Born: Wailuku, Maui (raised in East Maui)
Lives: Hilo, Hawaiʻi Island
- Founder of Hawaii Kūpuna Kokua
- Founder of Big Island Catering
- Pastry Chef for Maikaʻi Ola Bakery (Maui) - 2009-2013
- Event chef, collaborating with chefs from around the country to support small local farms
First Introduced to ‘ulu: 9-years-old
By: “My Aunty in Hana. She had two big ʻulu trees in her yard and would send me scrambling up them to reach the fruit her pole couldn't reach.”
By way of: Wrapped in foil, baked over a fire and served with steamed fish. “Sometimes we would pound it into a yummy ʻulu poi.”
Joei Tyra was born and raised on the east side of Maui where she was given the name Hāmākua and was taught by 'ohana, kumus, and peers to malama na 'āina, na Keiki, and na Kūpuna. This included the instilled belief that the balance of nature and working together were paramount to the success of our Keiki and future generations.
After working in education and farming, Joie started her family farm in Honoka'a and has since worked for farms and restaurants in both Hawai'I and on the continent, such as being the pastry chef for Maika'i Ola Bakery on Maui, which supplied high end tropical pastries to markets and locally owned restaurants. Her community project Hawaii Kūpuna Kokua is a hui of volunteers who feed vulnerable kūpuna on Hawai'i island, that do not have access to healthy meals, to aid them in obtaining long term food security.
Joei is dedicated to true statewide sustainability and the perpetuation of traditional mea kanu and believes that ʻulu is a key player in that goal. She strives to showcase the island's amazing local ingredients through pop-ups and private dining experiences. By exclusively supporting small farmers and purveyors, she is able to offer locally sourced culinary experiences that benefit the kama'āina, while telling a story about the history of the mea'ai of these islands.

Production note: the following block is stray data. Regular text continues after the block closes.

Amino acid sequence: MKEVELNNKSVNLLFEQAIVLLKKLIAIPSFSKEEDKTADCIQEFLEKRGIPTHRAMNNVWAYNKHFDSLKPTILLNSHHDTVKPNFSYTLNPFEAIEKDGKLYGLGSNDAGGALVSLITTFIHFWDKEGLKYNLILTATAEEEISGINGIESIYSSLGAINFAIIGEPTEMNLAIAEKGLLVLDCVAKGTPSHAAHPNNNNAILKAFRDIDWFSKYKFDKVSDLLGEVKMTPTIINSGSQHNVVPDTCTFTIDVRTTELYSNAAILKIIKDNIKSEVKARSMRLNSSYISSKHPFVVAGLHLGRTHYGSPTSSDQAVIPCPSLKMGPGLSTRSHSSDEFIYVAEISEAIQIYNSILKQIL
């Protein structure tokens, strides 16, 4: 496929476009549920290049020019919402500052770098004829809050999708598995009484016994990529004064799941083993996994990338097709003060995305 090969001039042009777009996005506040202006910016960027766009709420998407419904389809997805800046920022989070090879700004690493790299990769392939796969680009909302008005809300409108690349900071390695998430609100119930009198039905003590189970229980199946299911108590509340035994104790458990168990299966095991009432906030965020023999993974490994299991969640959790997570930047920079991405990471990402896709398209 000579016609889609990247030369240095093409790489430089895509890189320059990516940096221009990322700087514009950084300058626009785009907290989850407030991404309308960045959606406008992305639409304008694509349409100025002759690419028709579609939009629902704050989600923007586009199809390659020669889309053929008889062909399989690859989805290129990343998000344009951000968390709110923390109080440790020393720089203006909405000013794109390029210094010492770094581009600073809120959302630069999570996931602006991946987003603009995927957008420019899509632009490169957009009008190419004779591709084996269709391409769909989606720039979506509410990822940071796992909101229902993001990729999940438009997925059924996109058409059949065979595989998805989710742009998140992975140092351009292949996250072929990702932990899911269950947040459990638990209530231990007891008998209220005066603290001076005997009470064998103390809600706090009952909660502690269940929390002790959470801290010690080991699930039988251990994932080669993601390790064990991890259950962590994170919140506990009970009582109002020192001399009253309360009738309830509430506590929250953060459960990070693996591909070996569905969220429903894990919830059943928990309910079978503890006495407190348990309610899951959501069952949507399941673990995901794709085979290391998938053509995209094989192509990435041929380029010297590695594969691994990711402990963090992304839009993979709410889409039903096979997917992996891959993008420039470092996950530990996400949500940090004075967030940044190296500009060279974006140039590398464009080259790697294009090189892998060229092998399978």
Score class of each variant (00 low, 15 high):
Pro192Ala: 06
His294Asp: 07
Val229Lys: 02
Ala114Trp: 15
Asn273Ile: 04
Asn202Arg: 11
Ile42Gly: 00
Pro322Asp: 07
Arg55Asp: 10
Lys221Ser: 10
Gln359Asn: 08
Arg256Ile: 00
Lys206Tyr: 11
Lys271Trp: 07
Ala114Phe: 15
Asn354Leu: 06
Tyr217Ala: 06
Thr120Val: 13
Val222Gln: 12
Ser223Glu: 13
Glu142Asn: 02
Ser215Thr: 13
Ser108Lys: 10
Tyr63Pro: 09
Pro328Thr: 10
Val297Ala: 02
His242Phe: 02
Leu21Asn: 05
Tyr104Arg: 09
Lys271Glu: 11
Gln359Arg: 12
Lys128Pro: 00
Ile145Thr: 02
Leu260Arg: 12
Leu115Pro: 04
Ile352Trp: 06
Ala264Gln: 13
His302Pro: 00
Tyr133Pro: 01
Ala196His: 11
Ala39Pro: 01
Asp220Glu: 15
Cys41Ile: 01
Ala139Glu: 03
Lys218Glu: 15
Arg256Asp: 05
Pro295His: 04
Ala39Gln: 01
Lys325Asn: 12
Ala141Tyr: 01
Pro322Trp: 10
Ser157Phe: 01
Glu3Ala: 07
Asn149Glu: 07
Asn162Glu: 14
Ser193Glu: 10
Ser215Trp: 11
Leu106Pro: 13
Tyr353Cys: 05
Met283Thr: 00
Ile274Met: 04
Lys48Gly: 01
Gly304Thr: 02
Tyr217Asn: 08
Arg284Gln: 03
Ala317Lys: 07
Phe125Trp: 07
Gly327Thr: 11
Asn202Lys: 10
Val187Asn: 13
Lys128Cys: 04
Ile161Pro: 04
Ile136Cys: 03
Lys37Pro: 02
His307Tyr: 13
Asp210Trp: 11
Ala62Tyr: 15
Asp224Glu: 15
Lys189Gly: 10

“For our islands to attain true statewide sustainability, ʻulu has got to play a central role as a dominant starch,” Joei said. “The community must come together to aid each other in the production and harvesting, which is why the Hawaii ʻUlu Cooperative is so important.”
Joie learned Mary Kawena Pukui’s proverb: "He ali'i ka 'āina; he kauwā ke kanaka (The land is a chief; man is its servant)" by her Kumu o ka la'au lapa'au. She believes it remains as important now as the day it was written.
Joeiʻs Recipe: ʻUlu-banana Mochi
ʻUlu Flour made with Hawaiʻi Grown Breadfruit
‘Ulu or breadfruit flour is an excellent all natural, gluten-free flour for baking breads, pastries, or desserts.